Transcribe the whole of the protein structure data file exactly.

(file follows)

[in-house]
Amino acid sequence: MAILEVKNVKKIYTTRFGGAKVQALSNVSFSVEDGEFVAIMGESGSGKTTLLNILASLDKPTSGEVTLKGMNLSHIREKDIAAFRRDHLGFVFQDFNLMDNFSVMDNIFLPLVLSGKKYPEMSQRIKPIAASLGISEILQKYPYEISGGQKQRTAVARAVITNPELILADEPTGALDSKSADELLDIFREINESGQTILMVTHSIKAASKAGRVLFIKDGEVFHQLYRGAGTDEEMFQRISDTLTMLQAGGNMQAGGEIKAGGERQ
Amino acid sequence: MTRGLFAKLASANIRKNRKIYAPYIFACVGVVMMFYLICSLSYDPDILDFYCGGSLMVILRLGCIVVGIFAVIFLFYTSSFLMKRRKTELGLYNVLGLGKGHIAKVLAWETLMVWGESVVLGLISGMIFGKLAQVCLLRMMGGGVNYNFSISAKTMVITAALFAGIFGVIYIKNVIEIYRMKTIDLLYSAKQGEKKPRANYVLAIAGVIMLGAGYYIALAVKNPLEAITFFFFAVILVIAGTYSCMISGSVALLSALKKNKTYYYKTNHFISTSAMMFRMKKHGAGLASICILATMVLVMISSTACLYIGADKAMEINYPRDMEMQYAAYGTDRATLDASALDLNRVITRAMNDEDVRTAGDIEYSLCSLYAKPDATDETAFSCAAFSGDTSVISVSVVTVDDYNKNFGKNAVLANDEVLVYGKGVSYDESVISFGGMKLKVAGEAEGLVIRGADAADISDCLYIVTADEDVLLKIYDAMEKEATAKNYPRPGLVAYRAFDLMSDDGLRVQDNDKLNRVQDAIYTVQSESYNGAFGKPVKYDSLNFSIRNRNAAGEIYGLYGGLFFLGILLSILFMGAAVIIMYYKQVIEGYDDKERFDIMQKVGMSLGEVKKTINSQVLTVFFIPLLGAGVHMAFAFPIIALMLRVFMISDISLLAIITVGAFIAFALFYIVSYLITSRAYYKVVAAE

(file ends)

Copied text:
[in-house]
Amino acid sequence: MAILEVKNVKKIYTTRFGGAKVQALSNVSFSVEDGEFVAIMGESGSGKTTLLNILASLDKPTSGEVTLKGMNLSHIREKDIAAFRRDHLGFVFQDFNLMDNFSVMDNIFLPLVLSGKKYPEMSQRIKPIAASLGISEILQKYPYEISGGQKQRTAVARAVITNPELILADEPTGALDSKSADELLDIFREINESGQTILMVTHSIKAASKAGRVLFIKDGEVFHQLYRGAGTDEEMFQRISDTLTMLQAGGNMQAGGEIKAGGERQ
Amino acid sequence: MTRGLFAKLASANIRKNRKIYAPYIFACVGVVMMFYLICSLSYDPDILDFYCGGSLMVILRLGCIVVGIFAVIFLFYTSSFLMKRRKTELGLYNVLGLGKGHIAKVLAWETLMVWGESVVLGLISGMIFGKLAQVCLLRMMGGGVNYNFSISAKTMVITAALFAGIFGVIYIKNVIEIYRMKTIDLLYSAKQGEKKPRANYVLAIAGVIMLGAGYYIALAVKNPLEAITFFFFAVILVIAGTYSCMISGSVALLSALKKNKTYYYKTNHFISTSAMMFRMKKHGAGLASICILATMVLVMISSTACLYIGADKAMEINYPRDMEMQYAAYGTDRATLDASALDLNRVITRAMNDEDVRTAGDIEYSLCSLYAKPDATDETAFSCAAFSGDTSVISVSVVTVDDYNKNFGKNAVLANDEVLVYGKGVSYDESVISFGGMKLKVAGEAEGLVIRGADAADISDCLYIVTADEDVLLKIYDAMEKEATAKNYPRPGLVAYRAFDLMSDDGLRVQDNDKLNRVQDAIYTVQSESYNGAFGKPVKYDSLNFSIRNRNAAGEIYGLYGGLFFLGILLSILFMGAAVIIMYYKQVIEGYDDKERFDIMQKVGMSLGEVKKTINSQVLTVFFIPLLGAGVHMAFAFPIIALMLRVFMISDISLLAIITVGAFIAFALFYIVSYLITSRAYYKVVAAE